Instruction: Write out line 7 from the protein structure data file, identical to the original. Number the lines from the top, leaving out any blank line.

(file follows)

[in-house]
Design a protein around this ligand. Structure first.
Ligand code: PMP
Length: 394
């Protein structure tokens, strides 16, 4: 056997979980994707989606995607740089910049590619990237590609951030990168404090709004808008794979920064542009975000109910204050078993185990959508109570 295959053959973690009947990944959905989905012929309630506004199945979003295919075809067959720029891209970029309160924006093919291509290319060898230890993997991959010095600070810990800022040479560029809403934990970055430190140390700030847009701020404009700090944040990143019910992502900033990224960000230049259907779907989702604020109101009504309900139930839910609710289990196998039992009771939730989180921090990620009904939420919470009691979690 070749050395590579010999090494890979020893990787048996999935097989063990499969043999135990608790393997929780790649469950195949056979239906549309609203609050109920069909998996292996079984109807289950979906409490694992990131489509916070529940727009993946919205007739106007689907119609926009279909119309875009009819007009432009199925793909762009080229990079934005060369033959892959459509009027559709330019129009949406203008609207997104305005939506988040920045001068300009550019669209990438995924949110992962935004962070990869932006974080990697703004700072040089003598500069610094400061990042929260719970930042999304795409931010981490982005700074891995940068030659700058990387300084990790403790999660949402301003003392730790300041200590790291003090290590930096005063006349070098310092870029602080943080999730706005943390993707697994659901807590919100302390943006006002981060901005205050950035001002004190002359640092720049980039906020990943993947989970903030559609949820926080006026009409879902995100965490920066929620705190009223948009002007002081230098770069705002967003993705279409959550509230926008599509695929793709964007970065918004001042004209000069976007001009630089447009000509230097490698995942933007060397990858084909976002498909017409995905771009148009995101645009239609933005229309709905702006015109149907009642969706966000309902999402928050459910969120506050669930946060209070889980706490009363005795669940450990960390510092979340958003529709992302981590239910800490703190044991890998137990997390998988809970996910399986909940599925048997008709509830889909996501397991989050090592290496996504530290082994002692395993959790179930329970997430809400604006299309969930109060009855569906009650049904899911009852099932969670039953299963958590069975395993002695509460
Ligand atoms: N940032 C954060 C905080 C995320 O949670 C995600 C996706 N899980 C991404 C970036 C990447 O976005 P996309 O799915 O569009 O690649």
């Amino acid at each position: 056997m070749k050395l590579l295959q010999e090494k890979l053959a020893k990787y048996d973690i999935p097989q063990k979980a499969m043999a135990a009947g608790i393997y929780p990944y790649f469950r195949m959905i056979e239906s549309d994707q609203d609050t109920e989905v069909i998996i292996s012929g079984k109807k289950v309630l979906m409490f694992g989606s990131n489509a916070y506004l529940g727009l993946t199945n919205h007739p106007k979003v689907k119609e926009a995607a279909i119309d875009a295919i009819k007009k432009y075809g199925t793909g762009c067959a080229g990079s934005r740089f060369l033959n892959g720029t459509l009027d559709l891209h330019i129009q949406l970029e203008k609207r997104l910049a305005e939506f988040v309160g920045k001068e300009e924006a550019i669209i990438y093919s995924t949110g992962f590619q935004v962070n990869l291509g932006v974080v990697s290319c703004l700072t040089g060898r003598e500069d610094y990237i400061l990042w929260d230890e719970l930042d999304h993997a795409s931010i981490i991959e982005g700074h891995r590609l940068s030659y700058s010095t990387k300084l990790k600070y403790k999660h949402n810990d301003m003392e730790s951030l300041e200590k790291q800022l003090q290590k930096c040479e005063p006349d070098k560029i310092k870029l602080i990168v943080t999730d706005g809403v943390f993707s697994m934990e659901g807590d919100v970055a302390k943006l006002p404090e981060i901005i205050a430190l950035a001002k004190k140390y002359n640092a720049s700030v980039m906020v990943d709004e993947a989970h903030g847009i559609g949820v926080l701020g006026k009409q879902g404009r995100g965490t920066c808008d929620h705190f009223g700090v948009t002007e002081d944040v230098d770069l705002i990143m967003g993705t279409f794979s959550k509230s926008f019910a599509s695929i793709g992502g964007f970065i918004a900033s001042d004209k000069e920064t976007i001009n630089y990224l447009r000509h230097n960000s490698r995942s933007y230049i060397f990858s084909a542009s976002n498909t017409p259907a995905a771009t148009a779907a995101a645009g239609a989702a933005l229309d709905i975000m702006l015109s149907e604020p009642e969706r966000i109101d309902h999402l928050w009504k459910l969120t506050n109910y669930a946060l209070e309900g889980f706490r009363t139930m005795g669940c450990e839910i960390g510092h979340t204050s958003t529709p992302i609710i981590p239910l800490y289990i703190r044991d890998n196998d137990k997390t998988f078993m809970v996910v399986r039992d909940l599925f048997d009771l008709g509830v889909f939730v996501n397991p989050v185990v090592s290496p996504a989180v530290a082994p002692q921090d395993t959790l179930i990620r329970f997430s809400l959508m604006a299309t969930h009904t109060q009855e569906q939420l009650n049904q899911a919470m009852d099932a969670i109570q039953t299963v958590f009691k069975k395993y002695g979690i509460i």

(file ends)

């Amino acid at each position: 056997m070749k050395l590579l295959q010999e090494k890979l053959a020893k990787y048996d973690i999935p097989q063990k979980a499969m043999a135990a009947g608790i393997y929780p990944y790649f469950r195949m959905i056979e239906s549309d994707q609203d609050t109920e989905v069909i998996i292996s012929g079984k109807k289950v309630l979906m409490f694992g989606s990131n489509a916070y506004l529940g727009l993946t199945n919205h007739p106007k979003v689907k119609e926009a995607a279909i119309d875009a295919i009819k007009k432009y075809g199925t793909g762009c067959a080229g990079s934005r740089f060369l033959n892959g720029t459509l009027d559709l891209h330019i129009q949406l970029e203008k609207r997104l910049a305005e939506f988040v309160g920045k001068e300009e924006a550019i669209i990438y093919s995924t949110g992962f590619q935004v962070n990869l291509g932006v974080v990697s290319c703004l700072t040089g060898r003598e500069d610094y990237i400061l990042w929260d230890e719970l930042d999304h993997a795409s931010i981490i991959e982005g700074h891995r590609l940068s030659y700058s010095t990387k300084l990790k600070y403790k999660h949402n810990d301003m003392e730790s951030l300041e200590k790291q800022l003090q290590k930096c040479e005063p006349d070098k560029i310092k870029l602080i990168v943080t999730d706005g809403v943390f993707s697994m934990e659901g807590d919100v970055a302390k943006l006002p404090e981060i901005i205050a430190l950035a001002k004190k140390y002359n640092a720049s700030v980039m906020v990943d709004e993947a989970h903030g847009i559609g949820v926080l701020g006026k009409q879902g404009r995100g965490t920066c808008d929620h705190f009223g700090v948009t002007e002081d944040v230098d770069l705002i990143m967003g993705t279409f794979s959550k509230s926008f019910a599509s695929i793709g992502g964007f970065i918004a900033s001042d004209k000069e920064t976007i001009n630089y990224l447009r000509h230097n960000s490698r995942s933007y230049i060397f990858s084909a542009s976002n498909t017409p259907a995905a771009t148009a779907a995101a645009g239609a989702a933005l229309d709905i975000m702006l015109s149907e604020p009642e969706r966000i109101d309902h999402l928050w009504k459910l969120t506050n109910y669930a946060l209070e309900g889980f706490r009363t139930m005795g669940c450990e839910i960390g510092h979340t204050s958003t529709p992302i609710i981590p239910l800490y289990i703190r044991d890998n196998d137990k997390t998988f078993m809970v996910v399986r039992d909940l599925f048997d009771l008709g509830v889909f939730v996501n397991p989050v185990v090592s290496p996504a989180v530290a082994p002692q921090d395993t959790l179930i990620r329970f997430s809400l959508m604006a299309t969930h009904t109060q009855e569906q939420l009650n049904q899911a919470m009852d099932a969670i109570q039953t299963v958590f009691k069975k395993y002695g979690i509460i």